In chemistry, a zwitterion (/ˈtsvɪtəˌrən/ TSVIT-ə-rye-ən; from German Zwitter [ˈtsvɪtɐ] 'hermaphrodite'), also called an inner salt or dipolar ion,[1] is a molecule that contains an equal number of positively and negatively charged functional groups.[2] With amino acids, for example, in solution a chemical equilibrium will be established between the "parent" molecule and the zwitterion.

Betaines are zwitterions that cannot isomerize to an all-neutral form, such as when the positive charge is located on a quaternary ammonium group. Similarly, a molecule containing a phosphonium group and a carboxylate group cannot isomerize.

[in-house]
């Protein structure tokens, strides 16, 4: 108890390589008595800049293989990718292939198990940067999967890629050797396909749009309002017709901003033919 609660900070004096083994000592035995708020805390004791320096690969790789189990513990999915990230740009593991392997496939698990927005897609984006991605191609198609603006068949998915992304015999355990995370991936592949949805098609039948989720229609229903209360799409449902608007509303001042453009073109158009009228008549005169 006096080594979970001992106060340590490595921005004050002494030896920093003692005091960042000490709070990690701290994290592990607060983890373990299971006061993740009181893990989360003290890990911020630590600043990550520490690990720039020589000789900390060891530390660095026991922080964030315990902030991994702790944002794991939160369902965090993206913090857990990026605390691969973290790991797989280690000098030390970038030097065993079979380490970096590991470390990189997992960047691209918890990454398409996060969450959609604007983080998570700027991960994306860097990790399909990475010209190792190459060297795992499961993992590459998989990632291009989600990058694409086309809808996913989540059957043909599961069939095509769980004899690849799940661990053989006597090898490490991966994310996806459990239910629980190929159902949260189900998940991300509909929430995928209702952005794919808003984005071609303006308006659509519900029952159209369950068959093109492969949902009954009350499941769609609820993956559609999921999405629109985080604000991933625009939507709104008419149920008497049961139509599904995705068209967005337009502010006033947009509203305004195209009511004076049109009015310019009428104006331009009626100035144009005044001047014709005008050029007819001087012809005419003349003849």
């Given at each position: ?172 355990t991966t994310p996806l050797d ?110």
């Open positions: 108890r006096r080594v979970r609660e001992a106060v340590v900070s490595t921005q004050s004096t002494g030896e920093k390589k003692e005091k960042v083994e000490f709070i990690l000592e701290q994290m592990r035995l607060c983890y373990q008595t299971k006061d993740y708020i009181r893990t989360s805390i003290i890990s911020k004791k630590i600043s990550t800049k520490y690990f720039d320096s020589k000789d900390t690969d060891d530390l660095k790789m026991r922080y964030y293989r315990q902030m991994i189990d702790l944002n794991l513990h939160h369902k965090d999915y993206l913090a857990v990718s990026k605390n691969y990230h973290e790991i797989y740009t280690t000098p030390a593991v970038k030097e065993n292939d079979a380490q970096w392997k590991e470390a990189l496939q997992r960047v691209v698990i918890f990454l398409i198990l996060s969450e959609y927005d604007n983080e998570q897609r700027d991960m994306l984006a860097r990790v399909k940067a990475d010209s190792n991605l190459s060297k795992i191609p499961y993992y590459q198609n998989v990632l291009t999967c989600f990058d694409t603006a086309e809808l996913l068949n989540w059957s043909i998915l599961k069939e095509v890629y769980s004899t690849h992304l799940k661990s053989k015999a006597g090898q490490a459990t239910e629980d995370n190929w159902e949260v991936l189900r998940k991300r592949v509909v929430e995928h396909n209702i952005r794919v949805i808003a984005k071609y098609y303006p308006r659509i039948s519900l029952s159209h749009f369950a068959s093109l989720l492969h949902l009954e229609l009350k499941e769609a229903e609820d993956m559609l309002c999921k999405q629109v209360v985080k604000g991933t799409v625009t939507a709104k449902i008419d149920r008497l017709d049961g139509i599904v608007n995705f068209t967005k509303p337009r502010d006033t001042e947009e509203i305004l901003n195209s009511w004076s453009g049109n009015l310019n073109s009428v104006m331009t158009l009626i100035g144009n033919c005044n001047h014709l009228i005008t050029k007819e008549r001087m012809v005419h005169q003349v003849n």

1. ^ "Zwitterion". Chemistry LibreTexts. 2015-11-03. Retrieved 2022-02-11.
  2. ^ Skoog, Douglas A.; West, Donald M.; Holler, F. James; Crouch, Stanley R. (2004). Fundamentals of Analytical Chemistry (8th ed.). Thomson/Brooks/Cole. pp. 231, 385, 419, 460. ISBN 0-03-035523-0.
    Fundamentals of Analytical Chemistry (9th ed.). 2013. pp. 415–416. ISBN 978-1-285-60719-1.

From Wikipedia, the free encyclopedia · View on Wikipedia

Developed by Nelliwinne